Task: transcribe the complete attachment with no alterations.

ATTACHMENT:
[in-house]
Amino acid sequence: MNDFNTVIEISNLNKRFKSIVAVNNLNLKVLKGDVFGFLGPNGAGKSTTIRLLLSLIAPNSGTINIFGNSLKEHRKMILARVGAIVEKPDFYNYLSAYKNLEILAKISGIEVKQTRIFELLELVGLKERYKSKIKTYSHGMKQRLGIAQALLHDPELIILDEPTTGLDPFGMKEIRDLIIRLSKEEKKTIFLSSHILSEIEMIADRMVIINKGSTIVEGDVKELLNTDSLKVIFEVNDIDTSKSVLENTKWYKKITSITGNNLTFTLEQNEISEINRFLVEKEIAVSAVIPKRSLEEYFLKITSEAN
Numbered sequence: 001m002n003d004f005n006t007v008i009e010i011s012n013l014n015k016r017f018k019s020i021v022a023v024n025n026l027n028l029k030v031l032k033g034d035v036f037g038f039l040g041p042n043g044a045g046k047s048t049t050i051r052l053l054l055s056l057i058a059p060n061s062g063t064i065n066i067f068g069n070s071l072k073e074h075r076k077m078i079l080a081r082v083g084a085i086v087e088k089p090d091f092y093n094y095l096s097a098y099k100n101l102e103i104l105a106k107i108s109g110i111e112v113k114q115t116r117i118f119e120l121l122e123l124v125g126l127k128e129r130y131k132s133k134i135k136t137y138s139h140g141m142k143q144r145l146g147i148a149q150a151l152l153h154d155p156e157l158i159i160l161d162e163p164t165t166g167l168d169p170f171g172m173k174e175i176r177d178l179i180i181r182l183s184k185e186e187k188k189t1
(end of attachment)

[in-house]
Amino acid sequence: MNDFNTVIEISNLNKRFKSIVAVNNLNLKVLKGDVFGFLGPNGAGKSTTIRLLLSLIAPNSGTINIFGNSLKEHRKMILARVGAIVEKPDFYNYLSAYKNLEILAKISGIEVKQTRIFELLELVGLKERYKSKIKTYSHGMKQRLGIAQALLHDPELIILDEPTTGLDPFGMKEIRDLIIRLSKEEKKTIFLSSHILSEIEMIADRMVIINKGSTIVEGDVKELLNTDSLKVIFEVNDIDTSKSVLENTKWYKKITSITGNNLTFTLEQNEISEINRFLVEKEIAVSAVIPKRSLEEYFLKITSEAN
Numbered sequence: 001m002n003d004f005n006t007v008i009e010i011s012n013l014n015k016r017f018k019s020i021v022a023v024n025n026l027n028l029k030v031l032k033g034d035v036f037g038f039l040g041p042n043g044a045g046k047s048t049t050i051r052l053l054l055s056l057i058a059p060n061s062g063t064i065n066i067f068g069n070s071l072k073e074h075r076k077m078i079l080a081r082v083g084a085i086v087e088k089p090d091f092y093n094y095l096s097a098y099k100n101l102e103i104l105a106k107i108s109g110i111e112v113k114q115t116r117i118f119e120l121l122e123l124v125g126l127k128e129r130y131k132s133k134i135k136t137y138s139h140g141m142k143q144r145l146g147i148a149q150a151l152l153h154d155p156e157l158i159i160l161d162e163p164t165t166g167l168d169p170f171g172m173k174e175i176r177d178l179i180i181r182l183s184k185e186e187k188k189t1